The idea was to stop in on a quiet Tuesday night and have a casual first taste of Valter Nassi's new restaurant, but I never really believed that would work out. Sure enough, as soon as we walked in (the new entrance is to the east of where old Metropolitan's was) we were enveloped in a red sweater bear hug by the impresario himself. White apron tied over the sweater, white hair flowing back and arms gesturing, Valter led us into his new domain and from then on we were in his care.

Obviously, then: not an anonymous visit. Less than a critic's ideal, but since I've been welcomed by Valter and then served cooled ravioli, I know that recognition is not a guarantee of a good experience. I think most people who have eaten with Valter at Cucina Toscana over the last years have had their ups and downs; I've had lovely, joyful, delicious meals there and I've had some sad ones. I was eager to see what the pro can do in a smaller space and I'm happy to say that our first meal there was excellent. We ate at the bar, where you can enjoy a full dinner or a glass of wine and a some carpaccio or other snack.

Of course, for the most part Valter chose the menu: a small plate of grilled artichoke hearts on the stem, simply drizzled with olive oil, to eat like lollipops. Just right. A plate of exemplary bruschetta, grilled bread rubbed with garlic and topped with diced tomatoes (wonder which hothouse such pretty ones came from this time of year.) A terrific plate of carpaccio, centered by sauteed mushrooms.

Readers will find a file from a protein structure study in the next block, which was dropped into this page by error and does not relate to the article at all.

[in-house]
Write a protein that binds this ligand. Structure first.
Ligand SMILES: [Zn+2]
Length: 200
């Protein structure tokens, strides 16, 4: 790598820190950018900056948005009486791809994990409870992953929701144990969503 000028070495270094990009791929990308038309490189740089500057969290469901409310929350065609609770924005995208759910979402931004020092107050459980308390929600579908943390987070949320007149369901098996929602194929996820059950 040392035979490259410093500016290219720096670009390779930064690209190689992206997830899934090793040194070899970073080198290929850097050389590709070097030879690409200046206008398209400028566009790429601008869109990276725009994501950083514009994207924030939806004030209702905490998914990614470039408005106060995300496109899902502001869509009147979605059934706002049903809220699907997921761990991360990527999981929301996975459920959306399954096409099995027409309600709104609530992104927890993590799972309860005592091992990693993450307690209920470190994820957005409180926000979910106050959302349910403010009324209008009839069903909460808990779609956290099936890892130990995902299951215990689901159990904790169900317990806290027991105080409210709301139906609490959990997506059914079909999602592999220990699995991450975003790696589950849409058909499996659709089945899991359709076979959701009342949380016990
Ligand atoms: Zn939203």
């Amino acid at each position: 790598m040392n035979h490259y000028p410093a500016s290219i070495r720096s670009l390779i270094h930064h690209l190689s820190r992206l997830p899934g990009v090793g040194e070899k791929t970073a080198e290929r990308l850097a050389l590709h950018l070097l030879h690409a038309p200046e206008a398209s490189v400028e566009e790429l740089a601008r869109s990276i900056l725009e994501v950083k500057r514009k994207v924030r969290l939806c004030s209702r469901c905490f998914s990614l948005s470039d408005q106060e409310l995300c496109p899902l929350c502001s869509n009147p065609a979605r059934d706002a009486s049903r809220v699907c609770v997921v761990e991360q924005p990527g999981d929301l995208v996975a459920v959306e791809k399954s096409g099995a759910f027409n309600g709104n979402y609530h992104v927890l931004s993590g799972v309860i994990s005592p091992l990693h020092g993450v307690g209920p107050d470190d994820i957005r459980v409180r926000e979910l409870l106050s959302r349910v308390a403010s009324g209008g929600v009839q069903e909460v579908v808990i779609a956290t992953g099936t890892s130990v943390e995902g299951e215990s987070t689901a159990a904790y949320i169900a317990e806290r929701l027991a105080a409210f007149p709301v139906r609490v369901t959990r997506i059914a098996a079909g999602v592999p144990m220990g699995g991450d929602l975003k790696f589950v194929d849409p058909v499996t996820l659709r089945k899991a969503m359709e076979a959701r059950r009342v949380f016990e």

(The traditional preparation was also excellent.)

The agnelli salad, a fanatastic tangle of shredded greens and vegetables. But these weren't the same tomatoes we'd seen on the bruschetta. Better no tomato than a pink tomato.

Sheer ravioli, stuffed with spinach just barely bound with ricotta. A scoop of risotto, served right from the pan.

It was all simple, perfectly and freshly cooked. Pastas were plated tableside over just-grated parmigiana-reggiano.

Service was impeccable, although from what I could tell, many in the dining room were Cucina Toscana regulars, Valter fans glad to see their old host back in business, greeting everyone with open arms, striding around the room ordering servers to bring this or that to a table. It's true that there's a kind of feeling–I'm pretty sure it's called brio–only a certain kind of host or hostess can bring to a dining room; in many of today's restaurants, that spark is missing

I don't know if our actual food would have been as good if we had chosen if ourselves from the menu. There are so many choices it would be too easy to end up with an overcomplicated concoction kind of dish. In fact, the menu should be cut by half or even two thirds.

My advice: Keep it simple, Valter. The foods of your childhood Tuscany are simple and the best things I've had in any of your restaurants were simple. Let the flamboyance of your restaurant be in your own personality. It's the best garnish a meal could have, and there's nothing else remotely like it in Utah.